Blood tests may reveal anemia and elevated erythrocyte sedimentation rate (ESR) and C-reactive protein levels. A chest x-ray may reveal a mass. Although a computed tomography (CT) scan of the neck usually shows a lump that may have a visible rim when contrast dye is given, this also can be seen in other conditions including tumors and cysts and is not definitive. In the case of pelvic actinomycosis, a Pap test may be done, but since 7% of Pap tests will be positive for the bacterium in absence of infection, the test is not diagnostically useful in individuals without concomitant symptoms (Okulicz).

Source: Medical Disability Advisor



Treatment

If the mass is accessible or is obstructing nearby structures (e.g., intestines, ureters), abscesses may be aspirated or surgically excised. Antibiotic therapy begins with high doses of antibiotics, typically penicillin, injected directly into a vein through a peripherally inserted central catheter (PICC line) for the first 2 to 6 weeks (Lentino). After that, oral antibiotics are taken for an additional 6 to 12 months depending on the severity of the infection (Lentino). This two-stage therapy usually is effective; injected antibiotics reach the invading bacteria rapidly and in high concentrations while follow-up oral antibiotics protect against recurrence. In order to be effective, however, treatment must be continued for the entire recommended period even after symptoms have completely disappeared. When diagnosed in the early stages, surgery may not be necessary, and the infection may be treated entirely with antibiotics.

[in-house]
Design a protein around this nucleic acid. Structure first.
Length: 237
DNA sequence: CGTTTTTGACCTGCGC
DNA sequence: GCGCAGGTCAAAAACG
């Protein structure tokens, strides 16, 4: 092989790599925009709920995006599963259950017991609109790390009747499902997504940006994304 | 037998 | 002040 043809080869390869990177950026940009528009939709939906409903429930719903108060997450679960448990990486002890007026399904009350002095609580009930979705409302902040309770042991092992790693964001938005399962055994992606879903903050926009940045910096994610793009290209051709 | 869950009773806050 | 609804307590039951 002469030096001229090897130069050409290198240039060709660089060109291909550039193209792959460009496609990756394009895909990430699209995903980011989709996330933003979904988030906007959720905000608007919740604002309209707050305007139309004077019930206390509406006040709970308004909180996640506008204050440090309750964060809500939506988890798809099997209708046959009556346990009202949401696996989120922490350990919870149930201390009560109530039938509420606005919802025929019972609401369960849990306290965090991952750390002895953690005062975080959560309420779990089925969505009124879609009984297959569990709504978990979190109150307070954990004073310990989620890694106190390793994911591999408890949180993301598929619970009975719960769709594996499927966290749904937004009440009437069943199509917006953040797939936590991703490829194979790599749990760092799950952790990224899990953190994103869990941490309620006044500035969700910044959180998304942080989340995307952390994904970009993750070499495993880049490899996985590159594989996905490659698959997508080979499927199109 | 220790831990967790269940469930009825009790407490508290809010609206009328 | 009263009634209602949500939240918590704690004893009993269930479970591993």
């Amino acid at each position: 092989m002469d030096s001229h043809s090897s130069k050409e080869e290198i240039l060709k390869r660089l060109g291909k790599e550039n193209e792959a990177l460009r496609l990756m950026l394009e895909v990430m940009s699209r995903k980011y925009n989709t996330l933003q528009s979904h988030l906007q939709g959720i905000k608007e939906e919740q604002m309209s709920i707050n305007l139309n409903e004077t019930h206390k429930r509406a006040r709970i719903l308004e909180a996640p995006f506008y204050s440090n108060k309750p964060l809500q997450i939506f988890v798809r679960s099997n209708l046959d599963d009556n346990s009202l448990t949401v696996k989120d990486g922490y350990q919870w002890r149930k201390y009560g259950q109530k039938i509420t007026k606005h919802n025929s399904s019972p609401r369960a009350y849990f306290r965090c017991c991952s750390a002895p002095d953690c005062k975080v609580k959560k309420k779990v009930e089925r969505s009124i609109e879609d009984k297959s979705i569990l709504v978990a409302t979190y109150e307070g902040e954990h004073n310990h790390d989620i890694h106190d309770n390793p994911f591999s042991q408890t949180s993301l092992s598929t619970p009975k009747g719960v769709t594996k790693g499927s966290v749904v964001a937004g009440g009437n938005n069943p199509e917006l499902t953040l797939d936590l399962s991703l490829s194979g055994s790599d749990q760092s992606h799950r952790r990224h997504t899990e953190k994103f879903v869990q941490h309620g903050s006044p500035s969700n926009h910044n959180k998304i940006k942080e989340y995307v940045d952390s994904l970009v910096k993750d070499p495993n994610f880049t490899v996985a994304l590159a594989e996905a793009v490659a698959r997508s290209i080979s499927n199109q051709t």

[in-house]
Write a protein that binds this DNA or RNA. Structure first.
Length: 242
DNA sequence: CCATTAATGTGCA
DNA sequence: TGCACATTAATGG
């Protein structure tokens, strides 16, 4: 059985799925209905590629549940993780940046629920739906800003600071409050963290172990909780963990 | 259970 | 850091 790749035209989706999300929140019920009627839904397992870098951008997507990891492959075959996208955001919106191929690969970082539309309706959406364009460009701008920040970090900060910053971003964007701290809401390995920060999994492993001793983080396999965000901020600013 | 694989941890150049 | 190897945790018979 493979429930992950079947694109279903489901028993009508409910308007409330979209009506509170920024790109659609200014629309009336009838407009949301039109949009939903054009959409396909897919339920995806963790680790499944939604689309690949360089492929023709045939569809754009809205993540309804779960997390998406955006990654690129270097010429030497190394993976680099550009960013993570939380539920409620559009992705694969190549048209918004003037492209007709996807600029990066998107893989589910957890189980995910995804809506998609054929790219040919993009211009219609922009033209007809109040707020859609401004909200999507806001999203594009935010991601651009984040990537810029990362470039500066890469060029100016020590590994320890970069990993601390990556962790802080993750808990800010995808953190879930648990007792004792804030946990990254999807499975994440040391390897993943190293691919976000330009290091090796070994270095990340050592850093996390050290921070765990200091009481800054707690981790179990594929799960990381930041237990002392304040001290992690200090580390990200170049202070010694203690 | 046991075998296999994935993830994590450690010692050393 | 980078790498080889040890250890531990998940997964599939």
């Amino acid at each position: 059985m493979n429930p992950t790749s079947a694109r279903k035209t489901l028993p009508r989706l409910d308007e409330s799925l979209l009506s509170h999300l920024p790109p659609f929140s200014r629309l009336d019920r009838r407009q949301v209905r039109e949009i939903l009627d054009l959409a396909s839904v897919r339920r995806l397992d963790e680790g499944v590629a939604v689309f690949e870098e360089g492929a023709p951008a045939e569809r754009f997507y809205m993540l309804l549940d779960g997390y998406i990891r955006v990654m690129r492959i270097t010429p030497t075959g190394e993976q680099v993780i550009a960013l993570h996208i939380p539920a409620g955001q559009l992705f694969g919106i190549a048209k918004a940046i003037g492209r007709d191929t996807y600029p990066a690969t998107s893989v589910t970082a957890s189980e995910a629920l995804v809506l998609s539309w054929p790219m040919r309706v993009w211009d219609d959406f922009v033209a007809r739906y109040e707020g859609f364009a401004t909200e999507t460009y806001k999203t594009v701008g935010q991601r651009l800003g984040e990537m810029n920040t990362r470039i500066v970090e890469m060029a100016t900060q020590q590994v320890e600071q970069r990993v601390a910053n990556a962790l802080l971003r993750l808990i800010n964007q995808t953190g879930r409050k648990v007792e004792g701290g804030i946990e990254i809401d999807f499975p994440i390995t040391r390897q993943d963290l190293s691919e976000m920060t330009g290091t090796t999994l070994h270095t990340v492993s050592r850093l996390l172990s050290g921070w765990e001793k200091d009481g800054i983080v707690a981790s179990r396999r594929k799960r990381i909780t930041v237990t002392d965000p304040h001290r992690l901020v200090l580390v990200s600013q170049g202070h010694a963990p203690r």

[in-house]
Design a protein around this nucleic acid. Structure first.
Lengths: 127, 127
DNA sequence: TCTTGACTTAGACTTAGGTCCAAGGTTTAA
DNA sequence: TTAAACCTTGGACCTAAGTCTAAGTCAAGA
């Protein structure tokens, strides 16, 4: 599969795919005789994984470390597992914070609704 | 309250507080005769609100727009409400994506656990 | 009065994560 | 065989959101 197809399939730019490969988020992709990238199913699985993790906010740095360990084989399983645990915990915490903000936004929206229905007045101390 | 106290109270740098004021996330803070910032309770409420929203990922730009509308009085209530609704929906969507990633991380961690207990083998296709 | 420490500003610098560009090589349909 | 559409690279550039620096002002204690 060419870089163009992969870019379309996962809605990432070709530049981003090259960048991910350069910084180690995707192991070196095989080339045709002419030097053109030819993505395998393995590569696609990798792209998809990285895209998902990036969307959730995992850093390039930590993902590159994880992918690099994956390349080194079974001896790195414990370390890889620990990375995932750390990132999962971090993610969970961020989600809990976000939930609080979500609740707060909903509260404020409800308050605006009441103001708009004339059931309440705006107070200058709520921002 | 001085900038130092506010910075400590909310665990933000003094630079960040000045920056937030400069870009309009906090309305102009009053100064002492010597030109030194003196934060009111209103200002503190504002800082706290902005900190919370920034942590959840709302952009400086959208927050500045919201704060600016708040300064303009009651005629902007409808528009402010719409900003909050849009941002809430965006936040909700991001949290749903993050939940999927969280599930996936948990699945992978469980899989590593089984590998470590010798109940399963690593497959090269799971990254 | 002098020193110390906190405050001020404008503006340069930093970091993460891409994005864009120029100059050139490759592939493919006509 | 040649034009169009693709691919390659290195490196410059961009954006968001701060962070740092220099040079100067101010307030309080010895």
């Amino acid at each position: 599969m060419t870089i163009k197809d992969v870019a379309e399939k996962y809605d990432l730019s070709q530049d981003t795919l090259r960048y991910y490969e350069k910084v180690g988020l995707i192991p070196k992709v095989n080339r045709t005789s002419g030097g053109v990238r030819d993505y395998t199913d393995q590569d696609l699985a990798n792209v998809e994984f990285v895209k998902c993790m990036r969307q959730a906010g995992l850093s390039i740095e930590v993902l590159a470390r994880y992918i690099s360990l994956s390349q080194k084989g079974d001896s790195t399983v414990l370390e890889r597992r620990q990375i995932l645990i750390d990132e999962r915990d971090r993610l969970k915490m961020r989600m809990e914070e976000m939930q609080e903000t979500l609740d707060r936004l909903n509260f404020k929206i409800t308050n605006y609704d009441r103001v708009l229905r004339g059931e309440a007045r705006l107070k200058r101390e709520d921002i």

Respiratory therapy may be prescribed for individuals with pulmonary actinomycosis depending on the severity of the respiratory symptoms.